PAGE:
Menu
Cannabis News

Study finds higher rates of autism if mothers use cannabis during pregnancy

Researchers in Canada say they have found a potential link between cannabis use by pregnant women and higher rates of autism and ADHD. 

A new study posted today in Nature says that incidences of autism spectrum disorder diagnosis was 4.00 per 1,000 person-years among children with exposure to cannabis en vitro compared to 2.42 among unexposed children.

Researchers emphasize people use a “cautious interpretation of these findings” given the potential for errors or gaps in data.

The report says researchers analyzed info on all live births in Ontario, Canada, between April 1, 2007 and March 31 , 2012, using the provincial birth registry containing information on cannabis use during pregnancy.

Although past research on this possible connection between brain development and cannabis use by pregnant women is limited, some have shown a correlation between a decrease in concentration and attention among children in this category. This most recent study sought to further test that correlation.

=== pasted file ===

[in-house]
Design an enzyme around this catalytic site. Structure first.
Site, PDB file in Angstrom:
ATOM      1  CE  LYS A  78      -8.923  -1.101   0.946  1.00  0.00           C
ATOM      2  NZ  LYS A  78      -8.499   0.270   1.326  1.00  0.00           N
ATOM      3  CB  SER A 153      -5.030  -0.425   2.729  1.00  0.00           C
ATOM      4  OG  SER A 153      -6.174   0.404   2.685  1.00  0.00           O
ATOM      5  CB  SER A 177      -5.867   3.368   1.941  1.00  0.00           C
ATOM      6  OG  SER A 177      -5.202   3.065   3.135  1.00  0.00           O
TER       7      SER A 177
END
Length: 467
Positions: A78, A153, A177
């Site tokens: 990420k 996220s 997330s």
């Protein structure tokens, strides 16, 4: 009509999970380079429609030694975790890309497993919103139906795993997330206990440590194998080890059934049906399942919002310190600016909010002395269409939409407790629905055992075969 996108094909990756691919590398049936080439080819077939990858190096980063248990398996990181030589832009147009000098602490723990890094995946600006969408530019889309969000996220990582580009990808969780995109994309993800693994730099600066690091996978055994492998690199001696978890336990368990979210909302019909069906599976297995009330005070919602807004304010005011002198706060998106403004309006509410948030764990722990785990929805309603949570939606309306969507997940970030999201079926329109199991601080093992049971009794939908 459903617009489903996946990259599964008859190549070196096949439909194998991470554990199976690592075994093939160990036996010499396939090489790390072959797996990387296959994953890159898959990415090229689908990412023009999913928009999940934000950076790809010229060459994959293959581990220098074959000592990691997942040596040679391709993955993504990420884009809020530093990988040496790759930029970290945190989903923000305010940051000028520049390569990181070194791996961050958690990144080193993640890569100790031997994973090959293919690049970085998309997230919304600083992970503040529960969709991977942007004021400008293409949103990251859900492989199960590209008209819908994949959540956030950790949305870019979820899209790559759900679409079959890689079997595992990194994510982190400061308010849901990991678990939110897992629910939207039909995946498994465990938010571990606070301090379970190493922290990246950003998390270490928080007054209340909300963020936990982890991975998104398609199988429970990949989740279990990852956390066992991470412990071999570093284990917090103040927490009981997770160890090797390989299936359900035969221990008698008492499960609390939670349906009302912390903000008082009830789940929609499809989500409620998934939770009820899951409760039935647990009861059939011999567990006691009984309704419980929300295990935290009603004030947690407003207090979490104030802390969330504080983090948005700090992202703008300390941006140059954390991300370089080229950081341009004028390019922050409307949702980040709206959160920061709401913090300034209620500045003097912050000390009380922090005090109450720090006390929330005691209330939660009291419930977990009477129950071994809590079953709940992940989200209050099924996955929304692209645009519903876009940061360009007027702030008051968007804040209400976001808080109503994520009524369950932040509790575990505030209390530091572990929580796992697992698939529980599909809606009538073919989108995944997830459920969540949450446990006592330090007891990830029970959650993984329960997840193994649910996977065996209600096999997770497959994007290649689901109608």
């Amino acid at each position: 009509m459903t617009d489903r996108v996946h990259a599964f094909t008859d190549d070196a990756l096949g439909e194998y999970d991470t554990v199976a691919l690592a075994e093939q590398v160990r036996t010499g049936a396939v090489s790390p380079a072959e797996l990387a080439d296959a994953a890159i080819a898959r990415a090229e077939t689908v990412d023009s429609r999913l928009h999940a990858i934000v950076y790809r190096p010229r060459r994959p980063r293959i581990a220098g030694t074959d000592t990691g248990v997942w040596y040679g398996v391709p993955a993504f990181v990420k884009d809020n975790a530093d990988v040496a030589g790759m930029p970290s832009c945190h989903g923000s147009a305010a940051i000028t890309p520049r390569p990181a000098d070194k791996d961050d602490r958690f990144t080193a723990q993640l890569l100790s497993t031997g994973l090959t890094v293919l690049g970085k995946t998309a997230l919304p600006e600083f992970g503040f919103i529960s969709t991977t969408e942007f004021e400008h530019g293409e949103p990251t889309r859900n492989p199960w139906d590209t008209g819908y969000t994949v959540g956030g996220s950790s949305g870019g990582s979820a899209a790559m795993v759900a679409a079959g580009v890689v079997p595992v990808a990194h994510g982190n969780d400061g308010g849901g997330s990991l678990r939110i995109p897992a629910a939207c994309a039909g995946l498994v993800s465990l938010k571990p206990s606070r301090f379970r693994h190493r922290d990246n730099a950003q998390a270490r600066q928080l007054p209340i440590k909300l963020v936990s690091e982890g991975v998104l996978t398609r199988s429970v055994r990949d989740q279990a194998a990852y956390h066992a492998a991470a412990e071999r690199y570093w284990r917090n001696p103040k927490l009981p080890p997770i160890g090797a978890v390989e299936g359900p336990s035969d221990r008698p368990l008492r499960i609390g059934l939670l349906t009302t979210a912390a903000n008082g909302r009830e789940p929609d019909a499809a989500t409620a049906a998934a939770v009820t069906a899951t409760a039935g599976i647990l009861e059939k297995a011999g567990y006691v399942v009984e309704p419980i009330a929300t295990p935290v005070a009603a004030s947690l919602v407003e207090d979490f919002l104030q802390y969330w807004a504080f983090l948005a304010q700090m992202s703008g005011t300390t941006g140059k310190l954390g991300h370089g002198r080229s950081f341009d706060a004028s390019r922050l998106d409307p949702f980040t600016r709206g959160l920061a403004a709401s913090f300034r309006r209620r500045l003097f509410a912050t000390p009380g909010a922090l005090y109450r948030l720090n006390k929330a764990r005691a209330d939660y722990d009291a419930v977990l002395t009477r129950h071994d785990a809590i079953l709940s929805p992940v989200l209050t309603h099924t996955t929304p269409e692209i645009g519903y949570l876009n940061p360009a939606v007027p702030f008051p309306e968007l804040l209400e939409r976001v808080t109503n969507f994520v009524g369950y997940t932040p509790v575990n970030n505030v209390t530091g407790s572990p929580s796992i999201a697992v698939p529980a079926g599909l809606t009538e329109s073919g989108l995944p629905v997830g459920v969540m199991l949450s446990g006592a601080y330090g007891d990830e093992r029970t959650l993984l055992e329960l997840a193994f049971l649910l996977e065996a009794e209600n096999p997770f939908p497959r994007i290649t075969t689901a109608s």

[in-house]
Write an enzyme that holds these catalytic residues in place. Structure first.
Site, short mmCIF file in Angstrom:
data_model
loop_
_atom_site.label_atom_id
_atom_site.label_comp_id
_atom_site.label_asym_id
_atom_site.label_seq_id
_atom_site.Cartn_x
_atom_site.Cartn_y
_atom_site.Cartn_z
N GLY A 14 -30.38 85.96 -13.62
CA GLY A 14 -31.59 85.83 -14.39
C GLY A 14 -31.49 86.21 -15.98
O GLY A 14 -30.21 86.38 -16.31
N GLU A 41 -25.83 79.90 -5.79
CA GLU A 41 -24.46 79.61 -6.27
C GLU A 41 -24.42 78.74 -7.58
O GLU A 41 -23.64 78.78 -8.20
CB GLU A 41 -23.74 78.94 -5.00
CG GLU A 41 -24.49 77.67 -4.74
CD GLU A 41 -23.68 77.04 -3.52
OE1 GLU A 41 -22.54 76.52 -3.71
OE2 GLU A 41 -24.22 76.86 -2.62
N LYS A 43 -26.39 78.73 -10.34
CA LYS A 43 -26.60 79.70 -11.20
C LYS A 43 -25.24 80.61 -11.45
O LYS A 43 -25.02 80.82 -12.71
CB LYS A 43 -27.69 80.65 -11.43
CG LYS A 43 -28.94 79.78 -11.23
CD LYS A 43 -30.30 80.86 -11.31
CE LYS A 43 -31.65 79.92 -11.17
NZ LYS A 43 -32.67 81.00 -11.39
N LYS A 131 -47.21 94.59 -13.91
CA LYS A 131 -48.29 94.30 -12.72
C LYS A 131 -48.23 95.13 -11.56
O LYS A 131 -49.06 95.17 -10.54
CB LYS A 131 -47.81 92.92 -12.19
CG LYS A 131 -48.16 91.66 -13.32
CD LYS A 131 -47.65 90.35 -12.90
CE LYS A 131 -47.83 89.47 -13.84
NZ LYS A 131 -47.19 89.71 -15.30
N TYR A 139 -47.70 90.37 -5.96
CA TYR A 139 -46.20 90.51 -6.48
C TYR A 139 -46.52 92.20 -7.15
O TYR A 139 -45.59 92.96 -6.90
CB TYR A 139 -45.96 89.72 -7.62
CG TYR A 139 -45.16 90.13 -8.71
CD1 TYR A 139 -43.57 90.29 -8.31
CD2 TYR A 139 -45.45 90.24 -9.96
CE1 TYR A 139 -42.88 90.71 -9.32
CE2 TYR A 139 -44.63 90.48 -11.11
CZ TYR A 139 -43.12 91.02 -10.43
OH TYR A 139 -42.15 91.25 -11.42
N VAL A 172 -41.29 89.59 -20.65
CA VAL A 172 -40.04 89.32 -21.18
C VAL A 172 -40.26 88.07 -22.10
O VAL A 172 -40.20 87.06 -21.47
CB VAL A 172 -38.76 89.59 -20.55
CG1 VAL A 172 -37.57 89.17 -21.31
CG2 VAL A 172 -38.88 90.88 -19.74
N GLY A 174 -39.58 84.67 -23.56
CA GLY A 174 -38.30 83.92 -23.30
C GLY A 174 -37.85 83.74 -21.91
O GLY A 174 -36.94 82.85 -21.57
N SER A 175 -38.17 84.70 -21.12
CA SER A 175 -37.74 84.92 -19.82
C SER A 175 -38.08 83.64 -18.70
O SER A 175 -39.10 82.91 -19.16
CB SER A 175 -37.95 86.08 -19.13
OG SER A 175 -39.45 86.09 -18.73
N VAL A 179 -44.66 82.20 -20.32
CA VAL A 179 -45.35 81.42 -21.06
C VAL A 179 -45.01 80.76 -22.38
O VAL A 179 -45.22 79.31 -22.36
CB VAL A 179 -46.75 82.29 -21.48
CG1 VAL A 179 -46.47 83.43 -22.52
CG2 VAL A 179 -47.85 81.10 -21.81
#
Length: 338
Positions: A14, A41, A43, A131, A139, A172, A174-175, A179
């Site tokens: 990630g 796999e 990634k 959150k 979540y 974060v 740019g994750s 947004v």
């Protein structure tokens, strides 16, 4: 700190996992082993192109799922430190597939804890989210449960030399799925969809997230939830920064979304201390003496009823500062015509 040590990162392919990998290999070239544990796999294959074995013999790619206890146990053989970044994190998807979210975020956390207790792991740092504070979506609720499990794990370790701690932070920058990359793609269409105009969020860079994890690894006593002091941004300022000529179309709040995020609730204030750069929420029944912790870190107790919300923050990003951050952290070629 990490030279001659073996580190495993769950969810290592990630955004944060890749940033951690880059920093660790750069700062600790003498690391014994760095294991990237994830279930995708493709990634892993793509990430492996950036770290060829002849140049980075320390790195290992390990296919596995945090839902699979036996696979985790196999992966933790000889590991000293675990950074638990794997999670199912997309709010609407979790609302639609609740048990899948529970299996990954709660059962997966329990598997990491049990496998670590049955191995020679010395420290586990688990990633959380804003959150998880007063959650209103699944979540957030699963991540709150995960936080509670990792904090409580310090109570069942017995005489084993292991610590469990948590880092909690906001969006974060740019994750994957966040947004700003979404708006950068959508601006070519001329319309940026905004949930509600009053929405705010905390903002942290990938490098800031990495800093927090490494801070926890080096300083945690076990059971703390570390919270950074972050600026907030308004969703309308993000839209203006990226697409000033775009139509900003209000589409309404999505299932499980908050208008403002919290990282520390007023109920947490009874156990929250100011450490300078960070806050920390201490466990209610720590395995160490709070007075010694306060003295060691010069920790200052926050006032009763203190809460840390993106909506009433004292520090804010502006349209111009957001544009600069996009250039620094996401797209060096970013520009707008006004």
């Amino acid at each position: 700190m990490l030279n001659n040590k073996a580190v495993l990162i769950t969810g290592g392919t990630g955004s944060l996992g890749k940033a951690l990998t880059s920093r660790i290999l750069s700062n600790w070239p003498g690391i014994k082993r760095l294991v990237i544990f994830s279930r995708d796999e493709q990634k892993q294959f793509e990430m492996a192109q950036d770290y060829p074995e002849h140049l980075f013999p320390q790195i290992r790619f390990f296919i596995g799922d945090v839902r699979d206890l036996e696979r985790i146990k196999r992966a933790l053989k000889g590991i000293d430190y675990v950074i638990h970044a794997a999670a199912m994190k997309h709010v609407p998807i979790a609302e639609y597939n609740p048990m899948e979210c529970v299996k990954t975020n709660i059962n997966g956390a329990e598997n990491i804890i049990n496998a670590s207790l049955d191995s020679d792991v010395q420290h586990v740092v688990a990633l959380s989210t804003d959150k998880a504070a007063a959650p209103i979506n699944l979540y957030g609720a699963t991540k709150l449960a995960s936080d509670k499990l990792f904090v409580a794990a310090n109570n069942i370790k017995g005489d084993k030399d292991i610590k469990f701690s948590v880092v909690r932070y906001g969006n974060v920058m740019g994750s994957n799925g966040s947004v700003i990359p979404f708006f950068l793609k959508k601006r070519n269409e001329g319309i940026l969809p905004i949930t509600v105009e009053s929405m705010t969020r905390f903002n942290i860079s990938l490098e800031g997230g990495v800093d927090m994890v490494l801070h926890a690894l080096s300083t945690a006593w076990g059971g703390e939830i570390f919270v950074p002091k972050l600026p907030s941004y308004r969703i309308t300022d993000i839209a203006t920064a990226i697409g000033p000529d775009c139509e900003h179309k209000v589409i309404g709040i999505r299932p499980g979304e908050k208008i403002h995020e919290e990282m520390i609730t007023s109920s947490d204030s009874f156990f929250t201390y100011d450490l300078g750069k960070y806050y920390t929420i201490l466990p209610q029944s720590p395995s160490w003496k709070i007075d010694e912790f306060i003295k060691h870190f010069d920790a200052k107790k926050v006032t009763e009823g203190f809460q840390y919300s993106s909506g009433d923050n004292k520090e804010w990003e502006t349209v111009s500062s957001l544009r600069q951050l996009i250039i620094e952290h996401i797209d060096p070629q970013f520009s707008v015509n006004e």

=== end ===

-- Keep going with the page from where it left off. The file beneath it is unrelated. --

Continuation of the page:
The language in the report is very cautious in drawing any concrete conclusions, and notes more research is needed. 

“Associations between prenatal cannabis exposure and potential neurodevelopmental outcomes in children may be complex and subject to confounding or mediation. Factors including individual genetic profile, prematurity, fetal and postnatal environment, dose and type of substance of exposure and environmental factors may be involved16, thus limiting our ability to ascertain causality between in utero cannabis exposure and later childhood outcomes.”

It also notes that many women who do use cannabis during pregnancy may not report their use to their doctor, creating challenges in properly identifying the impacts of all cannabis use.

“Among pregnant women in Ontario, cannabis use was associated with an increased risk of neurodevelopmental disorders by age 10. Further study is needed on the amount and timing of cannabis use in pregnancy and childhood health outcomes and following the legalization of cannabis in many jurisdictions. Moreover, novel analytical approaches to addressing potential residual confounding bias in this area are required.”